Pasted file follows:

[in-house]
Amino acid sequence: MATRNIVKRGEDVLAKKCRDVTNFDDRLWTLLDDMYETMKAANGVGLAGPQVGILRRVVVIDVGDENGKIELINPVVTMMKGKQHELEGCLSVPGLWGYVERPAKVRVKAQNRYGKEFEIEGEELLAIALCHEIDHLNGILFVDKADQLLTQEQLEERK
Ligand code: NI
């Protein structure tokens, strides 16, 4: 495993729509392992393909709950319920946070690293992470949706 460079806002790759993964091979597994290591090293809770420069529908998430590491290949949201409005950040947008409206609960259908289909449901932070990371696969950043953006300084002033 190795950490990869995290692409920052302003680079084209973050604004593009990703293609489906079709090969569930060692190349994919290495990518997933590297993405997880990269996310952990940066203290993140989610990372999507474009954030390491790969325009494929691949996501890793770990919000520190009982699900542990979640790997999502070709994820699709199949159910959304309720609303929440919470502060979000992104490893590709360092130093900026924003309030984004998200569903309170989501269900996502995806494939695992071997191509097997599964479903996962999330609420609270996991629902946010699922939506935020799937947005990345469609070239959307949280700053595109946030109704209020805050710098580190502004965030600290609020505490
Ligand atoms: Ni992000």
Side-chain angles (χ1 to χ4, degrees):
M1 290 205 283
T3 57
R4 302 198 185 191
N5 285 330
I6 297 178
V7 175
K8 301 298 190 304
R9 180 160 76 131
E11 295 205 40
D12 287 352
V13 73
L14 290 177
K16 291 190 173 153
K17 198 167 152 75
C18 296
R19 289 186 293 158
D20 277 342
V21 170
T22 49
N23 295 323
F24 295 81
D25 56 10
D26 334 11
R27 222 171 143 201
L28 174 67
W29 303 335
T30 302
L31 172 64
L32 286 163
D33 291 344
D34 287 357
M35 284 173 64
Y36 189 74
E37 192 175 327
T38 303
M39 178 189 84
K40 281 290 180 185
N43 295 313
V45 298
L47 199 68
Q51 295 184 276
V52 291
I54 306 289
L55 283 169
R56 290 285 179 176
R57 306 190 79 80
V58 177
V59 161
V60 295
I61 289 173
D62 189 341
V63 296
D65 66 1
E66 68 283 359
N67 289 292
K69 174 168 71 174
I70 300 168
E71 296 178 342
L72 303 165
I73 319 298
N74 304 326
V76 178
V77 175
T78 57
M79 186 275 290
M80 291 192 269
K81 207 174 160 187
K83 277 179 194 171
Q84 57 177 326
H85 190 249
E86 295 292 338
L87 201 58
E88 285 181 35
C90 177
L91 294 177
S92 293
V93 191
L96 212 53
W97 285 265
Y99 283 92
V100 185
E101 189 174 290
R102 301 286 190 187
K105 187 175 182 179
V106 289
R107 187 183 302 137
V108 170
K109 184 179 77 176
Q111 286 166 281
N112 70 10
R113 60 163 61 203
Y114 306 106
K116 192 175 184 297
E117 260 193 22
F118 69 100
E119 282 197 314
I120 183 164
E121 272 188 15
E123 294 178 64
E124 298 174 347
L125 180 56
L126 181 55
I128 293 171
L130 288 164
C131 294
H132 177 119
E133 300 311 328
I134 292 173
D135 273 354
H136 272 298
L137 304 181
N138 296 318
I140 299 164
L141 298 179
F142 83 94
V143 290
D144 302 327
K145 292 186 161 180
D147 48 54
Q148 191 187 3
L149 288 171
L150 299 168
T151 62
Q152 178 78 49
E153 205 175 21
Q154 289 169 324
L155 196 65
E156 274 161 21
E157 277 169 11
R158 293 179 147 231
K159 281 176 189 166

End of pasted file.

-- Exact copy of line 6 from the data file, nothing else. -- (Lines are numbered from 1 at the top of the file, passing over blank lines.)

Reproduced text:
Side-chain angles (χ1 to χ4, degrees):